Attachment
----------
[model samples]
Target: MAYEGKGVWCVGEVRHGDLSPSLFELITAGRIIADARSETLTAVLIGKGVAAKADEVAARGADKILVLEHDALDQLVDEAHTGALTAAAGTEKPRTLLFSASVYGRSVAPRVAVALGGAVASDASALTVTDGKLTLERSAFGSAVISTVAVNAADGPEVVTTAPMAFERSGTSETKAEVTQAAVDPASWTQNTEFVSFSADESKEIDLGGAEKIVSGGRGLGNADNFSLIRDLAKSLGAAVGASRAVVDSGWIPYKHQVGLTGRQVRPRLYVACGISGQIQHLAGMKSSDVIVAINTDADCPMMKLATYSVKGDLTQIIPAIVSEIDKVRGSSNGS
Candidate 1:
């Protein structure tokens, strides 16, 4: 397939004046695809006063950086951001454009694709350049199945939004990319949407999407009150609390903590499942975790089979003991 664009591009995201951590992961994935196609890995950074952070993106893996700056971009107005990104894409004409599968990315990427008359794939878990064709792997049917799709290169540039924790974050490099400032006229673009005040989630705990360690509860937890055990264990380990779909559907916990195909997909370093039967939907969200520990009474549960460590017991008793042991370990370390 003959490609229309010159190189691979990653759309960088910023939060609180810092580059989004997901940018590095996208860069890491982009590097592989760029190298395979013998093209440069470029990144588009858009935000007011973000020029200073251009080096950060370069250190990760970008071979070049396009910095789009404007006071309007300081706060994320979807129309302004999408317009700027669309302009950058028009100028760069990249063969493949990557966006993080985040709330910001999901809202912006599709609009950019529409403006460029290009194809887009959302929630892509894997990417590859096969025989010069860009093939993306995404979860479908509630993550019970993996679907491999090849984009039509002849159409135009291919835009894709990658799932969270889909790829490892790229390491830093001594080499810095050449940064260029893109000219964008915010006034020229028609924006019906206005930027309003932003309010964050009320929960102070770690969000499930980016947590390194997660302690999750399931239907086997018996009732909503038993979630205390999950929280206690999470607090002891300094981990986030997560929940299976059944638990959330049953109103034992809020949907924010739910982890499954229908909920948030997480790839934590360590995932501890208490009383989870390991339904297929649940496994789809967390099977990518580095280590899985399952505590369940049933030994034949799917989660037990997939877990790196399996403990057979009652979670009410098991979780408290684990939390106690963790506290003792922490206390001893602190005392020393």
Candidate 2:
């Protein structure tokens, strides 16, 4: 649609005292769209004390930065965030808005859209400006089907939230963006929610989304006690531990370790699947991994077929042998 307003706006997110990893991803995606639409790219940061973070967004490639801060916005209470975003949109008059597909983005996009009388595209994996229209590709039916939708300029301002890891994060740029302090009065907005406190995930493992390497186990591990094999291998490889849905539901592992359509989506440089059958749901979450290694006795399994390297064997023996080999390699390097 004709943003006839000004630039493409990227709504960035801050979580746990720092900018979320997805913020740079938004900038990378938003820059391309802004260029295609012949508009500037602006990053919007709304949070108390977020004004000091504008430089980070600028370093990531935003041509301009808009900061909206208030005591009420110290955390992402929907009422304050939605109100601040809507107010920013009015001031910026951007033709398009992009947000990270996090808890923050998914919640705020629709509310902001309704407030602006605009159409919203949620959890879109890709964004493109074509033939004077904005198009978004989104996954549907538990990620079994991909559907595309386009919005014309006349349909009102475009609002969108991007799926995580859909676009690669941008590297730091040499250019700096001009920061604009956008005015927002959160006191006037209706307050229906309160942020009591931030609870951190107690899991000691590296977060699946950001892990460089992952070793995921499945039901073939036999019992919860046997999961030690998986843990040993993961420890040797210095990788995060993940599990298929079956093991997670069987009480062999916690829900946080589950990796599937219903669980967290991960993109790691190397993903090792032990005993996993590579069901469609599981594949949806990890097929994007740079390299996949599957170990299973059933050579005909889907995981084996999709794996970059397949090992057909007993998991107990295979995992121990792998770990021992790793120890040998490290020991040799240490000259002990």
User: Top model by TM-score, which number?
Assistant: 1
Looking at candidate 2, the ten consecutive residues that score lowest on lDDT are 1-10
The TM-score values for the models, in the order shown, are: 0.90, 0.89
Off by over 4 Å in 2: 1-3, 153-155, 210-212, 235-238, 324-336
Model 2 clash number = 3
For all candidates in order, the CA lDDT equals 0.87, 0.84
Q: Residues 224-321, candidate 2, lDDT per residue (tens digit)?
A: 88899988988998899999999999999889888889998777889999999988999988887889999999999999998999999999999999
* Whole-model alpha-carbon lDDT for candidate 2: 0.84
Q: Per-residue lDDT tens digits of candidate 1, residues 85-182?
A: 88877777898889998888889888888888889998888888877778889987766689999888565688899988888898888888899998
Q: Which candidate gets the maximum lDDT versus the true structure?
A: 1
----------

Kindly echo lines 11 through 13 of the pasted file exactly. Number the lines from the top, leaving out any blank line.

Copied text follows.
Off by over 4 Å in 2: 1-3, 153-155, 210-212, 235-238, 324-336
Model 2 clash number = 3
For all candidates in order, the CA lDDT equals 0.87, 0.84